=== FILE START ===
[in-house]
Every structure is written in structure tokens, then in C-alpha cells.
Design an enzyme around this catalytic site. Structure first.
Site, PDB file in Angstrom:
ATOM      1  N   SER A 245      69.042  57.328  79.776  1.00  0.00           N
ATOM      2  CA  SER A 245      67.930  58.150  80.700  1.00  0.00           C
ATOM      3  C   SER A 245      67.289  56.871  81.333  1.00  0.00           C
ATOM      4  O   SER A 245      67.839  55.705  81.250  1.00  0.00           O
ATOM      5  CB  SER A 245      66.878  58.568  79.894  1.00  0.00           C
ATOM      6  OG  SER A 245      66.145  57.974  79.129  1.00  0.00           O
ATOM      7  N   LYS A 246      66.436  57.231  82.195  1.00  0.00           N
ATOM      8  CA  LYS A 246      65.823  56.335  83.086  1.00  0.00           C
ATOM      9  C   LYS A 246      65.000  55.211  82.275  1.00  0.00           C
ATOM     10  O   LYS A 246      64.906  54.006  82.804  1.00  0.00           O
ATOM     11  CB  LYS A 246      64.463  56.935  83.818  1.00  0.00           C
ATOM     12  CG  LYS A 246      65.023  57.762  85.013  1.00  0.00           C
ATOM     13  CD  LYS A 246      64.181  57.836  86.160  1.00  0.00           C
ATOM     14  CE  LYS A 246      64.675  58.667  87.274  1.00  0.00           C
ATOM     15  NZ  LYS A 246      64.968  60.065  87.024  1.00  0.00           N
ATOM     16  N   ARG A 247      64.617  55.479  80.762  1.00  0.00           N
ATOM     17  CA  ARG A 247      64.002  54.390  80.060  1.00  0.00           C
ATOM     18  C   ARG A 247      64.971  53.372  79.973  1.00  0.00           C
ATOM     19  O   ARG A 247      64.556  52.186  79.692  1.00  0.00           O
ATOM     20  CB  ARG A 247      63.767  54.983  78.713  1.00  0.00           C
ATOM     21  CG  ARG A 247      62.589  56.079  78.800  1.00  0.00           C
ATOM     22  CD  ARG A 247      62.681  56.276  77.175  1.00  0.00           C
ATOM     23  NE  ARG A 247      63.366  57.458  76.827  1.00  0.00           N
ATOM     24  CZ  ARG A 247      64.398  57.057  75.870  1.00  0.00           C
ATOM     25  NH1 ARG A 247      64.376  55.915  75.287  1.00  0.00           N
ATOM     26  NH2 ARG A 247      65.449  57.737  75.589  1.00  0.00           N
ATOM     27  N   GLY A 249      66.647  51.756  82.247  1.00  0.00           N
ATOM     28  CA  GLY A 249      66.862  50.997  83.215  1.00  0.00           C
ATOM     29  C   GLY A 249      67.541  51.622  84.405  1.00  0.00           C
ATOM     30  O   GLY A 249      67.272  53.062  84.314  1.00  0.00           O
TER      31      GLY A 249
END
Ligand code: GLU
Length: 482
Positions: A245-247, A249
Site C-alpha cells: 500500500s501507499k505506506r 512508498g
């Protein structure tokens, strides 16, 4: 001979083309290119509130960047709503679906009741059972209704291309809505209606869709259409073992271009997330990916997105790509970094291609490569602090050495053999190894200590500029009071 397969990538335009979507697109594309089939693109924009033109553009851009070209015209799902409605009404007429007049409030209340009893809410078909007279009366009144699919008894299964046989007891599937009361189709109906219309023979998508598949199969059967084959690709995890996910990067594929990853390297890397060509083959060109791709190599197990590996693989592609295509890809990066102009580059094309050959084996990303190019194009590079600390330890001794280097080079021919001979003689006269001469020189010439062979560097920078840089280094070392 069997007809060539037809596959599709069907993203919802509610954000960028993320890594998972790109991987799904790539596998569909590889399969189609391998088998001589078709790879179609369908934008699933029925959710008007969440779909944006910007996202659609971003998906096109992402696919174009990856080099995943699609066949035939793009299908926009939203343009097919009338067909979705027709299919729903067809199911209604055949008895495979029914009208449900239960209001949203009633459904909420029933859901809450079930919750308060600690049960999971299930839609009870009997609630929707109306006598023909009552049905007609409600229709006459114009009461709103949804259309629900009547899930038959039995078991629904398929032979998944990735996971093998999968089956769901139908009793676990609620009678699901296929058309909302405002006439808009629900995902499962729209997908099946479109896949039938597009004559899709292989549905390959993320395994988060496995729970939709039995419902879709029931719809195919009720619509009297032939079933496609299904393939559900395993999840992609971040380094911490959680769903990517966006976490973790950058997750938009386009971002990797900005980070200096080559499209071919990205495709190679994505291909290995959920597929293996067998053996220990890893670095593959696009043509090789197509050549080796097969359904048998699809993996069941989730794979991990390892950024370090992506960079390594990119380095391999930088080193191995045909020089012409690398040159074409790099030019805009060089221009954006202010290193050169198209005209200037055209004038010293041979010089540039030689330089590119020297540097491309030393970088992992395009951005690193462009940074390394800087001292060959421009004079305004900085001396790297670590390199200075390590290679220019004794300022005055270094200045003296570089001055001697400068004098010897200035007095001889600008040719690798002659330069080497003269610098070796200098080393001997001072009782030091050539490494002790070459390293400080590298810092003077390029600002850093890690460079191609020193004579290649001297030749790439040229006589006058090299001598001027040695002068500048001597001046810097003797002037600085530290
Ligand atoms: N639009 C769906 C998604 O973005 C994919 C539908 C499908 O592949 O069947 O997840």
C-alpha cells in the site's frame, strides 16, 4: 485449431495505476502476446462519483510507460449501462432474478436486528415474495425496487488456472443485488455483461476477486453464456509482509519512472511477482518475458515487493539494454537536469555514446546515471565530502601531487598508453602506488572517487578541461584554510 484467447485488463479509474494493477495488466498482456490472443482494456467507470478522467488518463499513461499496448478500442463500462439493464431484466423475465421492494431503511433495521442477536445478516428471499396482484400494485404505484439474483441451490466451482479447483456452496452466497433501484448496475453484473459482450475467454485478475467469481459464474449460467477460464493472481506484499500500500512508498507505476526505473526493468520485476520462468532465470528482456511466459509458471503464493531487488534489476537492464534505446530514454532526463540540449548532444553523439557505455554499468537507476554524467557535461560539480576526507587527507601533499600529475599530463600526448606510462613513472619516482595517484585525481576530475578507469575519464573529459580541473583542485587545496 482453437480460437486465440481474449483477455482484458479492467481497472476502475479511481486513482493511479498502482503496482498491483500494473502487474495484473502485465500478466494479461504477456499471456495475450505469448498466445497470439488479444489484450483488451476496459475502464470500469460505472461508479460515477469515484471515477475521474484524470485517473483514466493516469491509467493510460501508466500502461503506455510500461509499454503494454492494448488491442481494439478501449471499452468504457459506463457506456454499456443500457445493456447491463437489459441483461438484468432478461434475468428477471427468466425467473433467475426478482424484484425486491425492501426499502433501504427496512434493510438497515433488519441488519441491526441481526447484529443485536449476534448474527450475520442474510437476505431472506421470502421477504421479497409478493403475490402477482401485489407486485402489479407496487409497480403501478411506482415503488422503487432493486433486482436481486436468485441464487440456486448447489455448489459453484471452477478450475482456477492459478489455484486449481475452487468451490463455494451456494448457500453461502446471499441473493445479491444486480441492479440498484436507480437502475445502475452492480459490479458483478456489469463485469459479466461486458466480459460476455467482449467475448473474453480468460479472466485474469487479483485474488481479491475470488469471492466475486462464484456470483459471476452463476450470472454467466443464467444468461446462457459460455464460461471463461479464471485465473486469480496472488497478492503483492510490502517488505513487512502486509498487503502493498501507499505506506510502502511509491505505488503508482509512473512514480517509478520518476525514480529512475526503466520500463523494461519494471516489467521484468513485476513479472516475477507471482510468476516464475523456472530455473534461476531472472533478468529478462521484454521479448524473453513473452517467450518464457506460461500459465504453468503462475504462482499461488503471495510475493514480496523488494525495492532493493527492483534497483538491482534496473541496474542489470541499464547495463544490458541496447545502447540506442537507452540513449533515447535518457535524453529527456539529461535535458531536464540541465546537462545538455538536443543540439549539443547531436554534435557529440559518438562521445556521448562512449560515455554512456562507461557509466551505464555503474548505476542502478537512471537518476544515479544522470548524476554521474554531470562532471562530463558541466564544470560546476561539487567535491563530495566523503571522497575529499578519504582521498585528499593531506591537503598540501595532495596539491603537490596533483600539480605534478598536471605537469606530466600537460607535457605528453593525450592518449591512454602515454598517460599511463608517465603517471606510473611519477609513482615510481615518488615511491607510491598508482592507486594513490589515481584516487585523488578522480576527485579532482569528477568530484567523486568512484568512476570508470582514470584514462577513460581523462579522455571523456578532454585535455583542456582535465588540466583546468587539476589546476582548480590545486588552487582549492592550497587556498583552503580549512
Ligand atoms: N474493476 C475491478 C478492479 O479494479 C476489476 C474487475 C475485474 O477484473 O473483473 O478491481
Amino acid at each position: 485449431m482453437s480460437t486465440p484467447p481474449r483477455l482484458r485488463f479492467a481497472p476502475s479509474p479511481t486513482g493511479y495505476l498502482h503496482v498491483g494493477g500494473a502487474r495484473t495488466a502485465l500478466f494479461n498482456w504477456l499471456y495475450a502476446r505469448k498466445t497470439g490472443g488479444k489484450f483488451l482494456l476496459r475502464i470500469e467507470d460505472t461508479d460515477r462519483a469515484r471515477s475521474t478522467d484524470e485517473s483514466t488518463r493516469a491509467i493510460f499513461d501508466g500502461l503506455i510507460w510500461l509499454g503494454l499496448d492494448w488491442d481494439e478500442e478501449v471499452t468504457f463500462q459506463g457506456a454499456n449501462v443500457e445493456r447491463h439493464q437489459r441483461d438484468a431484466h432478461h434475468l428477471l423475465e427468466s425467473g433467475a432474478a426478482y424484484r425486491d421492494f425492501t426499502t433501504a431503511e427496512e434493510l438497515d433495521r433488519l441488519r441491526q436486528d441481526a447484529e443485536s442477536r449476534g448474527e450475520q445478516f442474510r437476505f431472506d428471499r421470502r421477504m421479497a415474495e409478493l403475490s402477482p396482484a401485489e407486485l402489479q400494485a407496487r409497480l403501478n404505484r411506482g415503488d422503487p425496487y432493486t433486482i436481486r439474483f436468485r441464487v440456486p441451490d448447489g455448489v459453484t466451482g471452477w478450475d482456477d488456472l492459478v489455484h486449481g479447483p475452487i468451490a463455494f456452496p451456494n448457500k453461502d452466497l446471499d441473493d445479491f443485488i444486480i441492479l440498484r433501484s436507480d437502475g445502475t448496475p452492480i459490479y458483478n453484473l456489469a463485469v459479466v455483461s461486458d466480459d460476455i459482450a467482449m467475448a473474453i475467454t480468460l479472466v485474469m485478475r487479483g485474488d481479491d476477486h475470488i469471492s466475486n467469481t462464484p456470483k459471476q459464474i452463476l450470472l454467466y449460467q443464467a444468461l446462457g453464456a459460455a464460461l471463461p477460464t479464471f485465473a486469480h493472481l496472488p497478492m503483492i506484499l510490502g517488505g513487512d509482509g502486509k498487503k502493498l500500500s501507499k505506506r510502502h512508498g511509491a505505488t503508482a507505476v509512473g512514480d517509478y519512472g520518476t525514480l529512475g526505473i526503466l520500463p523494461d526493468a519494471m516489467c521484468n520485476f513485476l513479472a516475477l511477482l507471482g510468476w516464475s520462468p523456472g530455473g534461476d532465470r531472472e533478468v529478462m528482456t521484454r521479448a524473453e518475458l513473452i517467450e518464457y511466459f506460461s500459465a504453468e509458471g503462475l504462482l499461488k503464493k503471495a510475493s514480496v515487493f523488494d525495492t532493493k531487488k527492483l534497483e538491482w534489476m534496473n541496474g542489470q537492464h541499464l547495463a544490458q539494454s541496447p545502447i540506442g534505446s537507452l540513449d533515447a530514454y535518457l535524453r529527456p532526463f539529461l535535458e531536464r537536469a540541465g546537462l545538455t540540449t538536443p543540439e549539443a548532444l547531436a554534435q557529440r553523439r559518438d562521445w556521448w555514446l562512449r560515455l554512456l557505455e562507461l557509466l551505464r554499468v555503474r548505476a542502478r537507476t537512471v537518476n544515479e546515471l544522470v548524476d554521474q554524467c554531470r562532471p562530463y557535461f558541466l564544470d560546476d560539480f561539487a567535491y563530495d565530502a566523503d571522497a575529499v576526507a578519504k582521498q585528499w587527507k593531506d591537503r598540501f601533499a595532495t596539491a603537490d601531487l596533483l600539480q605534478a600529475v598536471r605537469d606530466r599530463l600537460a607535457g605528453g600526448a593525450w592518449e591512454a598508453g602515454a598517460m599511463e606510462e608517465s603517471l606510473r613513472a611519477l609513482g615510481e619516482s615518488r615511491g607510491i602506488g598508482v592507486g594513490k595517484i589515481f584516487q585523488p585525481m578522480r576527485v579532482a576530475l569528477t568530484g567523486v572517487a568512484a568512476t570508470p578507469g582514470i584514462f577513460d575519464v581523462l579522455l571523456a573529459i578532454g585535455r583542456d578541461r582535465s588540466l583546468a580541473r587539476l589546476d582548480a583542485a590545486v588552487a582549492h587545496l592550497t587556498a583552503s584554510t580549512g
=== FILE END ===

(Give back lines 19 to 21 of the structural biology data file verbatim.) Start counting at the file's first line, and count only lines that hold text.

ATOM     15  NZ  LYS A 246      64.968  60.065  87.024  1.00  0.00           N
ATOM     16  N   ARG A 247      64.617  55.479  80.762  1.00  0.00           N
ATOM     17  CA  ARG A 247      64.002  54.390  80.060  1.00  0.00           C